To the long list of sworn Microsoft ennemies, add US Senator Orrin Hatch, a Republican from Utah. He is the chairman of the Senate Judiciary Committee, which is planning to hold hearings investigating Microsoft's business practices.
On Thursday, Orrin Hatch spoke at a conference organised by the Progress & Freedom foundation, a conservative think tank reportedly funded in part by a number of large software companies. The conference was called 'Competition, Convergence and the Microsoft Monopoly'.
In his speech, Orrin Hatch said that Microsoft must not be allowed to dominate the Internet. He suggested that, it Microsoft could not be contained, this might necessitate government regulation of the Internet - in the form of an Internet Commerce Commission.
"It seems far better to have antitrust enforcement today than heavy-handed regulation of the Internet tomorrow", he was quoted as saying.
The speech by Hatch suggests that Microsoft will be under close scrutiny from the Senate Judiciary Committee he chairs. The investigations by the this committee are separate from the those of the Department of Justice. Microsoft also faces legal challenges from a third source: 11 US States have subpoenaed documents and are considering their own antitrust suits against the company.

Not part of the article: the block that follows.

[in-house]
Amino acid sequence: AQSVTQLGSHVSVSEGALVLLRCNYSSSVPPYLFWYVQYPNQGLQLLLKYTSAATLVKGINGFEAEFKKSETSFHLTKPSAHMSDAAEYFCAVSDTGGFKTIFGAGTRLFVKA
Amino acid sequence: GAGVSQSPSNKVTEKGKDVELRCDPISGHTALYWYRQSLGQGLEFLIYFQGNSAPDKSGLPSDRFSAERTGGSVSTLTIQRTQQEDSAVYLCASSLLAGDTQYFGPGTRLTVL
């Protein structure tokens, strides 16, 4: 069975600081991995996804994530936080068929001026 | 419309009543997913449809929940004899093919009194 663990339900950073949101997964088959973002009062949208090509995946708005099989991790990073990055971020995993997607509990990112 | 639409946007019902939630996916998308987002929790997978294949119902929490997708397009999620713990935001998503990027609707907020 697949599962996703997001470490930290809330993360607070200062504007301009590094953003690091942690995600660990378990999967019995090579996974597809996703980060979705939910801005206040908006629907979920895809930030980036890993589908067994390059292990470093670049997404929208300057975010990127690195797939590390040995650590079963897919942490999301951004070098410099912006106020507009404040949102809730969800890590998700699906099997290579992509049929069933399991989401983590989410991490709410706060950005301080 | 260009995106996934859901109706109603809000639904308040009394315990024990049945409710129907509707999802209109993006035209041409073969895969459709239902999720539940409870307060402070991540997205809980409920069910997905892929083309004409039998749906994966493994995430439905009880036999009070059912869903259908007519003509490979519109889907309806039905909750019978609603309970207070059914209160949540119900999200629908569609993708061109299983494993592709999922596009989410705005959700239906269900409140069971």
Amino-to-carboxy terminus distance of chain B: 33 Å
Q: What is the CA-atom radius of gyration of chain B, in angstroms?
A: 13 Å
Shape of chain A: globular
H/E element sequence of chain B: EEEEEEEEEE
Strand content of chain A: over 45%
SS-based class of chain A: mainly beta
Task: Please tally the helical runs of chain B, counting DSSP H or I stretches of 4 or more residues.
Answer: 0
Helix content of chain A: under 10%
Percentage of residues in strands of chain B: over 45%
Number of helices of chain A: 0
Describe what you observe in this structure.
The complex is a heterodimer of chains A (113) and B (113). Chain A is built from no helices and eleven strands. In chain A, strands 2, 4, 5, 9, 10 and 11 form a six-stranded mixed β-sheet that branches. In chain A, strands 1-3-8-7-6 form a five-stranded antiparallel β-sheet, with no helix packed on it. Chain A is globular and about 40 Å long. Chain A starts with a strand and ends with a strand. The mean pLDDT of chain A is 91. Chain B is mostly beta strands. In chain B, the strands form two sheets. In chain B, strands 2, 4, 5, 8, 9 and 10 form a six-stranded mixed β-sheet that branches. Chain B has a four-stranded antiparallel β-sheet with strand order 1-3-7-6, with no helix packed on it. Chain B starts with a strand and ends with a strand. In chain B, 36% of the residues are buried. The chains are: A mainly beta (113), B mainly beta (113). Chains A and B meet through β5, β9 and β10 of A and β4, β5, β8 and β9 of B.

Meanwhile, the DoJ appears to be expanding its investigation of Microsoft. More documents have been subpoenaed from a number of Microsoft partners. Reportedly, some of these documents concern Microsoft's Active Channels. Active Channels are content especially made for Active Desktop, a part of Microsoft's Internet Explorer 4.0.
A number of these channels are pre-set in the Active Desktop. Some sources are speculating that the DoJ is interpreting this as a tying of Internet content to Microsoft Windows, though these suggestions are unconfirmed. Microsoft officials have pointed out that adding pre-sets is common practice, and that Netscape's competing Netcaster product does exactly the same.
Earlier the same week, Microsoft scored its first modest victory in its legal battle with the DoJ. The court of appeals temporarily halted the work of court-appointed expert Lawrence Lessig, accused by Microsoft of being prejudiced against the company. This may delay the progress of the DoJ case enough to make sure Windows 98 is already on the market before a decision is reached.
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